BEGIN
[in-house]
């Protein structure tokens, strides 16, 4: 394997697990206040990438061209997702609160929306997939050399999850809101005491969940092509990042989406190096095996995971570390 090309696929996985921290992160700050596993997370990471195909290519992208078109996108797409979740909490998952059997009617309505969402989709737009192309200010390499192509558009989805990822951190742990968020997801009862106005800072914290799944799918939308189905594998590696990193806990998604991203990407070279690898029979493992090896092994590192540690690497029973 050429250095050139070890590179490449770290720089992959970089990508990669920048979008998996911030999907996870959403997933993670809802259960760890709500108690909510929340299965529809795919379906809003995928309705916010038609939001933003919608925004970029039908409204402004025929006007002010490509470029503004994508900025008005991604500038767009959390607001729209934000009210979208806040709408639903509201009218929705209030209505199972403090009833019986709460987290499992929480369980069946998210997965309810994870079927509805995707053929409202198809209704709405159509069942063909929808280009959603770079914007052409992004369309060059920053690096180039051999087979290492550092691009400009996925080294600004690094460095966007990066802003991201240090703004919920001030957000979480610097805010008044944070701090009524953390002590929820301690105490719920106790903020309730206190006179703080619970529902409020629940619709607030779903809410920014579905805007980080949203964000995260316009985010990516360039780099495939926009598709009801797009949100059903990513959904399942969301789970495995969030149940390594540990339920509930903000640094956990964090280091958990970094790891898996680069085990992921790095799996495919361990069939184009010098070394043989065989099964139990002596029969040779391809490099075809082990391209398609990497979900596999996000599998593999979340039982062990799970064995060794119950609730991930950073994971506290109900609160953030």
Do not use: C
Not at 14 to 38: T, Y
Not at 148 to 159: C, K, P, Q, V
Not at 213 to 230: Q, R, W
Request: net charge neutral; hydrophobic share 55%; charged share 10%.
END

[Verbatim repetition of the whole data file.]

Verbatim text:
[in-house]
């Protein structure tokens, strides 16, 4: 394997697990206040990438061209997702609160929306997939050399999850809101005491969940092509990042989406190096095996995971570390 090309696929996985921290992160700050596993997370990471195909290519992208078109996108797409979740909490998952059997009617309505969402989709737009192309200010390499192509558009989805990822951190742990968020997801009862106005800072914290799944799918939308189905594998590696990193806990998604991203990407070279690898029979493992090896092994590192540690690497029973 050429250095050139070890590179490449770290720089992959970089990508990669920048979008998996911030999907996870959403997933993670809802259960760890709500108690909510929340299965529809795919379906809003995928309705916010038609939001933003919608925004970029039908409204402004025929006007002010490509470029503004994508900025008005991604500038767009959390607001729209934000009210979208806040709408639903509201009218929705209030209505199972403090009833019986709460987290499992929480369980069946998210997965309810994870079927509805995707053929409202198809209704709405159509069942063909929808280009959603770079914007052409992004369309060059920053690096180039051999087979290492550092691009400009996925080294600004690094460095966007990066802003991201240090703004919920001030957000979480610097805010008044944070701090009524953390002590929820301690105490719920106790903020309730206190006179703080619970529902409020629940619709607030779903809410920014579905805007980080949203964000995260316009985010990516360039780099495939926009598709009801797009949100059903990513959904399942969301789970495995969030149940390594540990339920509930903000640094956990964090280091958990970094790891898996680069085990992921790095799996495919361990069939184009010098070394043989065989099964139990002596029969040779391809490099075809082990391209398609990497979900596999996000599998593999979340039982062990799970064995060794119950609730991930950073994971506290109900609160953030």
Do not use: C
Not at 14 to 38: T, Y
Not at 148 to 159: C, K, P, Q, V
Not at 213 to 230: Q, R, W
Request: net charge neutral; hydrophobic share 55%; charged share 10%.